Today I’m rounding up a couple of recent reviews that I’ve had published on other sites. First, I am back at Strange Horizons with a look at Dave Hutchinson‘s new novel, Europe in Autumn (published by Solaris). This is a tale of espionage set in a future Europe which has fractured into myriad small polities – but there’s a quietness to the whole book that I find very interesting. Europe in Autumn has an engagement with form and tone that I’d love to see more often in contemporary genre science fiction. You can read my full review of the novel here.
Billy Ridgeway is a thirty-year-old aspiring writer who wonders at the weirdness of everyday life: isn’t it just odd that you can walk into a bodega in New York and buy bananas? And why exactly did people start keeping animals as pets? One day, the Devil visits Billy’s apartment and offers him a deal: stop a warlock who’s trying to unlock the secrets of a magical artefact that could destroy the world, and Lucifer will ensure that Billy’s book is published (short stories are such a hard sell, after all). Billy doesn’t quite agree at first, but the Devil has ways of persuading him; and so begins Billy’s journey of adventure and discovery.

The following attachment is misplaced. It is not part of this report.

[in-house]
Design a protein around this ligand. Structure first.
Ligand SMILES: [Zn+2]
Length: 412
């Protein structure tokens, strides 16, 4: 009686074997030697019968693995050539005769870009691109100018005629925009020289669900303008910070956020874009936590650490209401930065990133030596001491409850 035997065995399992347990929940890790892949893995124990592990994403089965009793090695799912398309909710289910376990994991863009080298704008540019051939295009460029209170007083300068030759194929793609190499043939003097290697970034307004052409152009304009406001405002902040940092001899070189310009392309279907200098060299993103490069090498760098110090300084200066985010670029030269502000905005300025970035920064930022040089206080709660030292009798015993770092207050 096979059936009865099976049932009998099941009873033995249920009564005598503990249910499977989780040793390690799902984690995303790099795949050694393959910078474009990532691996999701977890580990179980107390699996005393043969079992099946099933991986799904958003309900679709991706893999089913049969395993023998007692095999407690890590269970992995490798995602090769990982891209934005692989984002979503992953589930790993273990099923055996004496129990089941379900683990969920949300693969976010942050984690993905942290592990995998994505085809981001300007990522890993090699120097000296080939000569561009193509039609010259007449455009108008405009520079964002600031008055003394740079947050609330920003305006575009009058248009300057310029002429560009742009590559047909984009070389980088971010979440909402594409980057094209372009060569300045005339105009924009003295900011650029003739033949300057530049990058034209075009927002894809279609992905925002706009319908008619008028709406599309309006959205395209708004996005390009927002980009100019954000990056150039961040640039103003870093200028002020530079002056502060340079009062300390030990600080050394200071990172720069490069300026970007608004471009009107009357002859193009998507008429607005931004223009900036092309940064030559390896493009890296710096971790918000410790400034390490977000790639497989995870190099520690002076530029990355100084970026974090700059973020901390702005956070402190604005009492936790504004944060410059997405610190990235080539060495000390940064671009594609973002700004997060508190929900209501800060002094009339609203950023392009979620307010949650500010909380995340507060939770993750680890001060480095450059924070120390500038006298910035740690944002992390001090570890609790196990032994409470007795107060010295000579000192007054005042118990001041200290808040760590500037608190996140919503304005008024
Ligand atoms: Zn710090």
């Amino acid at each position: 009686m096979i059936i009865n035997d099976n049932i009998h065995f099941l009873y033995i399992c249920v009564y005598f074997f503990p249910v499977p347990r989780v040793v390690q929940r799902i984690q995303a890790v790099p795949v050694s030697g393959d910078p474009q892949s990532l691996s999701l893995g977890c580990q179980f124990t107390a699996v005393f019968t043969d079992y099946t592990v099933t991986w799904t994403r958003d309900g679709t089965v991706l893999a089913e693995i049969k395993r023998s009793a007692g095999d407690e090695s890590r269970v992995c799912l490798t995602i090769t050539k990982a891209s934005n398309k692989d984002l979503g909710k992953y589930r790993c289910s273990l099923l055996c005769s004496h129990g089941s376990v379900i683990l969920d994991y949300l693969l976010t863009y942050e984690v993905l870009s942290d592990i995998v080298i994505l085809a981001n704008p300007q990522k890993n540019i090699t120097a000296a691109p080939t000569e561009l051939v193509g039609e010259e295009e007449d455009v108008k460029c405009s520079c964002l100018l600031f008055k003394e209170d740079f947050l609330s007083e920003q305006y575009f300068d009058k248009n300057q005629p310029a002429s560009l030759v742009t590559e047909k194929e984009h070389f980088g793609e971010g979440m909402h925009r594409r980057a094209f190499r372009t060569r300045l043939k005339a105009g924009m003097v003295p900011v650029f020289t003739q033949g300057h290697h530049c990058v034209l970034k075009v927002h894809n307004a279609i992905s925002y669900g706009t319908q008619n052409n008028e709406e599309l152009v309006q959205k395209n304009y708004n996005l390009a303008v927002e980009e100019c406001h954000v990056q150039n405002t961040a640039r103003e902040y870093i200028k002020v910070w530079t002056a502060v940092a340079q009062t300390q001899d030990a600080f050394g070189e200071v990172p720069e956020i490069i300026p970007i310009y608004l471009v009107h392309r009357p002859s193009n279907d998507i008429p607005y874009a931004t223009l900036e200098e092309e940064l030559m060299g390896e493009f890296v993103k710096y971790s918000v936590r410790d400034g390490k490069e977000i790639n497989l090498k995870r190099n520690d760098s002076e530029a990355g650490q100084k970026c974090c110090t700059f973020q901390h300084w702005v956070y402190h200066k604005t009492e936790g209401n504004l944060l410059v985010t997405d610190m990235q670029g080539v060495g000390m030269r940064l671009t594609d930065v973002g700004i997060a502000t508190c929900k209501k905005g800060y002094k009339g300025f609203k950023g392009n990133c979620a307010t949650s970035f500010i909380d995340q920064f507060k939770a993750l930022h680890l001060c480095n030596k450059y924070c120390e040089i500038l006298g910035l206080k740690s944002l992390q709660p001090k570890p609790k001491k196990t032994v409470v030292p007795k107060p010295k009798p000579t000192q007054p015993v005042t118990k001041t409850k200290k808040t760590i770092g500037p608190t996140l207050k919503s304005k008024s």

Perhaps the greatest strength of The Weirdness is its sheer exuberance (or cheek), as Bushnell gleefully piles absurdity on top of outlandishness. Barely any part of Billy’s life remains ordinary, so it’s not so much a case of suspending your disbelief as just abandoning it and going with the flow. Yet there’s a certain distancing effect at play, as though all the magic is just a sideshow; at the heart of The Weirdness is the story of Billy finding out what really matters in life – and what matters is much more down to earth. For all that Bushnell’s novel is a fantastical romp, it doesn’t lose sight of the human dimension.
(The original review is here.)